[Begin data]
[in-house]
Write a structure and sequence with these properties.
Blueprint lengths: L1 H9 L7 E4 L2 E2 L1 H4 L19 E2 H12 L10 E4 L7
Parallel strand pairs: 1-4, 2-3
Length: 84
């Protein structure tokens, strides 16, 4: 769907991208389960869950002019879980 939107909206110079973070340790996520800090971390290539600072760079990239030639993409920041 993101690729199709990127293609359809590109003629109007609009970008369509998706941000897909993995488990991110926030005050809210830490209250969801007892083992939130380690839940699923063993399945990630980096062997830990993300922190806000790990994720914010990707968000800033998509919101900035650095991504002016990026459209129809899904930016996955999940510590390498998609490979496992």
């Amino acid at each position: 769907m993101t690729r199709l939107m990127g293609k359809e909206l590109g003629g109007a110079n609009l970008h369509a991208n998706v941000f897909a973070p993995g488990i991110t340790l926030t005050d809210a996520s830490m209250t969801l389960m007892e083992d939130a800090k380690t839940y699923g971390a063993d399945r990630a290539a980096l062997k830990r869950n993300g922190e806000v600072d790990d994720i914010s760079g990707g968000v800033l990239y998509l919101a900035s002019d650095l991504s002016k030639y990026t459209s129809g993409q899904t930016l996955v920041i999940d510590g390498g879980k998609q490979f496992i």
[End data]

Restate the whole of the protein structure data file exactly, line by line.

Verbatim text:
[in-house]
Write a structure and sequence with these properties.
Blueprint lengths: L1 H9 L7 E4 L2 E2 L1 H4 L19 E2 H12 L10 E4 L7
Parallel strand pairs: 1-4, 2-3
Length: 84
């Protein structure tokens, strides 16, 4: 769907991208389960869950002019879980 939107909206110079973070340790996520800090971390290539600072760079990239030639993409920041 993101690729199709990127293609359809590109003629109007609009970008369509998706941000897909993995488990991110926030005050809210830490209250969801007892083992939130380690839940699923063993399945990630980096062997830990993300922190806000790990994720914010990707968000800033998509919101900035650095991504002016990026459209129809899904930016996955999940510590390498998609490979496992």
């Amino acid at each position: 769907m993101t690729r199709l939107m990127g293609k359809e909206l590109g003629g109007a110079n609009l970008h369509a991208n998706v941000f897909a973070p993995g488990i991110t340790l926030t005050d809210a996520s830490m209250t969801l389960m007892e083992d939130a800090k380690t839940y699923g971390a063993d399945r990630a290539a980096l062997k830990r869950n993300g922190e806000v600072d790990d994720i914010s760079g990707g968000v800033l990239y998509l919101a900035s002019d650095l991504s002016k030639y990026t459209s129809g993409q899904t930016l996955v920041i999940d510590g390498g879980k998609q490979f496992i």